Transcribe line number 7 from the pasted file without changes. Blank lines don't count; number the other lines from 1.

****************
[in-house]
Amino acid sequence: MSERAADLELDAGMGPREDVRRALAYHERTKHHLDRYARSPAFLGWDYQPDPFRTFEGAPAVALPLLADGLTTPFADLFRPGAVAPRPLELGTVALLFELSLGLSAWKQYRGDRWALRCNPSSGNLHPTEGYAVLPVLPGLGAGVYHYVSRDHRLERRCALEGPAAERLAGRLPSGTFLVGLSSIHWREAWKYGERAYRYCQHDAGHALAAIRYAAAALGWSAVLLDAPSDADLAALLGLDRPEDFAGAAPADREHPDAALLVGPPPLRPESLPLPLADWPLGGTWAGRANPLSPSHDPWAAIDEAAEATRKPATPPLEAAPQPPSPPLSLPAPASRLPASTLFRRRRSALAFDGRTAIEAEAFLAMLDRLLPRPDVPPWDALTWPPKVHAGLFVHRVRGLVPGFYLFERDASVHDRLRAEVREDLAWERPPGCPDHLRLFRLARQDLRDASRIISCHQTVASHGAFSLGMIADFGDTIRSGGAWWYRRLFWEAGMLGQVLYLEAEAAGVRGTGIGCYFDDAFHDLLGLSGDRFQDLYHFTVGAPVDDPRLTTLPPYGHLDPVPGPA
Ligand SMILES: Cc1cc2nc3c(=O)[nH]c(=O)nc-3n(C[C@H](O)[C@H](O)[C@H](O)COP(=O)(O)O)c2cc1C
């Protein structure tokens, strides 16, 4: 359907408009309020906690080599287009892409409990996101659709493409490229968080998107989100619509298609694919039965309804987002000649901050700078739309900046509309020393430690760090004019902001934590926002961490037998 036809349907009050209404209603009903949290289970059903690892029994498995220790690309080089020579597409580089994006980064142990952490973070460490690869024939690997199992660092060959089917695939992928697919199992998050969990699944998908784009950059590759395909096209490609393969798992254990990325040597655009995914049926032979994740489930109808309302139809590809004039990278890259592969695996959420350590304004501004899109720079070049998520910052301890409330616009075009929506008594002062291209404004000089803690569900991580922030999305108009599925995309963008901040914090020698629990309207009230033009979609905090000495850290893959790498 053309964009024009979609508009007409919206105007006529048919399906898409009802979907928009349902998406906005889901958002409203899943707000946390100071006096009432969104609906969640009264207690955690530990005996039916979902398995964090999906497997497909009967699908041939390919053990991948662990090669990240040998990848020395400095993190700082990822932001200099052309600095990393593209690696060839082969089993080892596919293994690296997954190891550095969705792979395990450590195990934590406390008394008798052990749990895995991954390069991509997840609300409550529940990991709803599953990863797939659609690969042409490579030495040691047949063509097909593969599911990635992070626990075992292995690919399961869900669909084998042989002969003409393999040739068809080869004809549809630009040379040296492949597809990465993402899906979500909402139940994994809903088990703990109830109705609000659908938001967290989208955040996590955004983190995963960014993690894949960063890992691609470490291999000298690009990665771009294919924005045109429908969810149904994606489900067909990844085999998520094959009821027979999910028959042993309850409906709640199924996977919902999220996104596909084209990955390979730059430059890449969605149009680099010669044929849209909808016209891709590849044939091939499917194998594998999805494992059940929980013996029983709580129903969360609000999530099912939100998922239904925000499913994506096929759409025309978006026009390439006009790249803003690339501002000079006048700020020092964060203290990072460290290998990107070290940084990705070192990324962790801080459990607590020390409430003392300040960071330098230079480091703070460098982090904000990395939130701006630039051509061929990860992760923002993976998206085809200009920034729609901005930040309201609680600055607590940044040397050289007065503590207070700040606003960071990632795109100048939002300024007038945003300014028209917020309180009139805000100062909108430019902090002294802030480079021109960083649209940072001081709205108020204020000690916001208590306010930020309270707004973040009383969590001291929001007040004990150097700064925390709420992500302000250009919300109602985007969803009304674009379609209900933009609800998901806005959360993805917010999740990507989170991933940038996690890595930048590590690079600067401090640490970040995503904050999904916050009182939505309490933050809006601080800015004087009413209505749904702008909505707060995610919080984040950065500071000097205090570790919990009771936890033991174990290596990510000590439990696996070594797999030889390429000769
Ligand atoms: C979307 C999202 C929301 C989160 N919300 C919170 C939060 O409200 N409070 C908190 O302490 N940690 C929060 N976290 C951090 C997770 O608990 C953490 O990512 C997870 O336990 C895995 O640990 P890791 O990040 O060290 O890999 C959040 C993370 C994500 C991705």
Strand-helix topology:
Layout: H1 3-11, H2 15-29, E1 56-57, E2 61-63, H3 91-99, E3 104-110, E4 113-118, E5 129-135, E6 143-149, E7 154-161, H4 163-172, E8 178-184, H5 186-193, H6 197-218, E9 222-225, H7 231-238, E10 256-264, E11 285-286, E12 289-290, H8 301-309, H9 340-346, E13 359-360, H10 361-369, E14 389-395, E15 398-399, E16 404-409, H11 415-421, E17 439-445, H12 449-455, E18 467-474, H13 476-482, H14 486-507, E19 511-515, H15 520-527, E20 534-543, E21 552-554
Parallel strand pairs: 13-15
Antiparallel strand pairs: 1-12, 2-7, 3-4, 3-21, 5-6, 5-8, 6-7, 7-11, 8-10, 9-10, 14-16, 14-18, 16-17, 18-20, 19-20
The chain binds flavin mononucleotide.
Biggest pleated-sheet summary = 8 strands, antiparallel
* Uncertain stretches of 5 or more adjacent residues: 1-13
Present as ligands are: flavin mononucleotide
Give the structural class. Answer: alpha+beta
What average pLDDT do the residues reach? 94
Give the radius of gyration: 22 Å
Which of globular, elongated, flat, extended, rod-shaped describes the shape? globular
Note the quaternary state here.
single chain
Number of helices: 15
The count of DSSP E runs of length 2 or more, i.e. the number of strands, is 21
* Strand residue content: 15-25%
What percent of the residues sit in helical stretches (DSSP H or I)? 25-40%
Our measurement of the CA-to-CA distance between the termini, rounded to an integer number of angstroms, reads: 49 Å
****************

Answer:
Layout: H1 3-11, H2 15-29, E1 56-57, E2 61-63, H3 91-99, E3 104-110, E4 113-118, E5 129-135, E6 143-149, E7 154-161, H4 163-172, E8 178-184, H5 186-193, H6 197-218, E9 222-225, H7 231-238, E10 256-264, E11 285-286, E12 289-290, H8 301-309, H9 340-346, E13 359-360, H10 361-369, E14 389-395, E15 398-399, E16 404-409, H11 415-421, E17 439-445, H12 449-455, E18 467-474, H13 476-482, H14 486-507, E19 511-515, H15 520-527, E20 534-543, E21 552-554